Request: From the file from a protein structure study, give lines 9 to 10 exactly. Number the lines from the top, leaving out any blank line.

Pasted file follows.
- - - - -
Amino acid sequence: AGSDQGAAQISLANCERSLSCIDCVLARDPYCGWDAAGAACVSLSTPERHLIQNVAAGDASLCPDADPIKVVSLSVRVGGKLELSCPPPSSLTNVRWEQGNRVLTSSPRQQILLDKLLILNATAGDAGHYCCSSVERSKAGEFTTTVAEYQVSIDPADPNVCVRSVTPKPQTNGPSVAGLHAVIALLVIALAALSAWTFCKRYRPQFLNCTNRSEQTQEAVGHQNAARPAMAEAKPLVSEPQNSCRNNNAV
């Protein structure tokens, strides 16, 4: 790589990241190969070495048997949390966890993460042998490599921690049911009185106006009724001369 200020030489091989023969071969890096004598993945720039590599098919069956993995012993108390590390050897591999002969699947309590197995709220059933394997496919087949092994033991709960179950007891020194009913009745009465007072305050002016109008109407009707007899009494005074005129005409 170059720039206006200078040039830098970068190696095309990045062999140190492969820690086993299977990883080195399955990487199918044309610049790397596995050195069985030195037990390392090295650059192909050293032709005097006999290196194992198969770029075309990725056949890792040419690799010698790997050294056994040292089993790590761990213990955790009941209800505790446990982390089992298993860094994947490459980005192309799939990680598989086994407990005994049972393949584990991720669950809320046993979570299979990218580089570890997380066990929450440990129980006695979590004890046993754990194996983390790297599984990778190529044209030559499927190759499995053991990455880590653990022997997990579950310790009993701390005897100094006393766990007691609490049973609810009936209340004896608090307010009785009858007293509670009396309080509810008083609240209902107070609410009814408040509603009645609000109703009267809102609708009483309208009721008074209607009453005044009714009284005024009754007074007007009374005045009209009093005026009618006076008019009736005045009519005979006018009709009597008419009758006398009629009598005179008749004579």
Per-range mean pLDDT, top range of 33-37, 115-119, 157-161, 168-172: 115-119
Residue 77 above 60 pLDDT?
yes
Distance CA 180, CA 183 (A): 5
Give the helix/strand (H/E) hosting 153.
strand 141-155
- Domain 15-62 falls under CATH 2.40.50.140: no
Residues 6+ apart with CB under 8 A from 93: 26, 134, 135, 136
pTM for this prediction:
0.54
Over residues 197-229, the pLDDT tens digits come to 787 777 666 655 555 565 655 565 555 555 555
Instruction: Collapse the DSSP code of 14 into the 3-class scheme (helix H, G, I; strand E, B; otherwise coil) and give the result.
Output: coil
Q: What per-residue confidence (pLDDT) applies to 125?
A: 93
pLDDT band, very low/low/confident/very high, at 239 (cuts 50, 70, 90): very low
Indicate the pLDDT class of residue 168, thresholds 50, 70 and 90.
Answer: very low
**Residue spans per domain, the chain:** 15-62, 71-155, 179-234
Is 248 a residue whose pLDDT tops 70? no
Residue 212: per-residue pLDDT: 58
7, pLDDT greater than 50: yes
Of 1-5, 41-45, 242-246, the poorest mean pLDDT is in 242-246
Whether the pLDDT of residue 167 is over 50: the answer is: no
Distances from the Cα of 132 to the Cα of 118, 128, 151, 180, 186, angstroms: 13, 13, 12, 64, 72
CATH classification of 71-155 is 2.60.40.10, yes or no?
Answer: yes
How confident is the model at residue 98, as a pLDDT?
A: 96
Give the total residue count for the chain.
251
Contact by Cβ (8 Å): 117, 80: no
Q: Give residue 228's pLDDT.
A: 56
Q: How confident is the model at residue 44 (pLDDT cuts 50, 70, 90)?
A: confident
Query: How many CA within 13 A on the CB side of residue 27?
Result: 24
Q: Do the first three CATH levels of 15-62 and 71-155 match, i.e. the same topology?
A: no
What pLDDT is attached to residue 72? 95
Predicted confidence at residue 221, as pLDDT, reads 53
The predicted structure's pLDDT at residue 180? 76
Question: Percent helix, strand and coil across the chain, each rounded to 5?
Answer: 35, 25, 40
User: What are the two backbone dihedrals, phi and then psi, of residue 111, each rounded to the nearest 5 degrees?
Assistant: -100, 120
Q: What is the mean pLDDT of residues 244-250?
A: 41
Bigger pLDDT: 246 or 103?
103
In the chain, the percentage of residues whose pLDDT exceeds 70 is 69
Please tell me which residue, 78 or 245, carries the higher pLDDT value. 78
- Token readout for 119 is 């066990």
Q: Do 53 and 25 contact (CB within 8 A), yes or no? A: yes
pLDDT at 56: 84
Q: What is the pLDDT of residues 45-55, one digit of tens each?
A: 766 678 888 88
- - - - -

- Domain 15-62 falls under CATH 2.40.50.140: no
Residues 6+ apart with CB under 8 A from 93: 26, 134, 135, 136